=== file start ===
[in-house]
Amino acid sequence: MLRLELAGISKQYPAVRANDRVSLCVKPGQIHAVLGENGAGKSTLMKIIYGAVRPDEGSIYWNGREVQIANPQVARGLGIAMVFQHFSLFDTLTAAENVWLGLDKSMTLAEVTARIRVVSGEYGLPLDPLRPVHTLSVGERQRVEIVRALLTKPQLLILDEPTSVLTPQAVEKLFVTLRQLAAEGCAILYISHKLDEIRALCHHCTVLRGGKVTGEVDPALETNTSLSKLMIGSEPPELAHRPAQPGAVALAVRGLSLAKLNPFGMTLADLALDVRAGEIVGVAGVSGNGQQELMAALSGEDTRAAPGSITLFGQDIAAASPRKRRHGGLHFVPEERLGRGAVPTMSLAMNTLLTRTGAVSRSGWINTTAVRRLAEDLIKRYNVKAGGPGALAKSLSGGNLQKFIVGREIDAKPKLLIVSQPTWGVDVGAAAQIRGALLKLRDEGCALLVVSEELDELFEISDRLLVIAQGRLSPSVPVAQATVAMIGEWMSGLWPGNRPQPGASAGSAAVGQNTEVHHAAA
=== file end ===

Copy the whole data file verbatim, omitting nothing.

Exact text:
[in-house]
Amino acid sequence: MLRLELAGISKQYPAVRANDRVSLCVKPGQIHAVLGENGAGKSTLMKIIYGAVRPDEGSIYWNGREVQIANPQVARGLGIAMVFQHFSLFDTLTAAENVWLGLDKSMTLAEVTARIRVVSGEYGLPLDPLRPVHTLSVGERQRVEIVRALLTKPQLLILDEPTSVLTPQAVEKLFVTLRQLAAEGCAILYISHKLDEIRALCHHCTVLRGGKVTGEVDPALETNTSLSKLMIGSEPPELAHRPAQPGAVALAVRGLSLAKLNPFGMTLADLALDVRAGEIVGVAGVSGNGQQELMAALSGEDTRAAPGSITLFGQDIAAASPRKRRHGGLHFVPEERLGRGAVPTMSLAMNTLLTRTGAVSRSGWINTTAVRRLAEDLIKRYNVKAGGPGALAKSLSGGNLQKFIVGREIDAKPKLLIVSQPTWGVDVGAAAQIRGALLKLRDEGCALLVVSEELDELFEISDRLLVIAQGRLSPSVPVAQATVAMIGEWMSGLWPGNRPQPGASAGSAAVGQNTEVHHAAA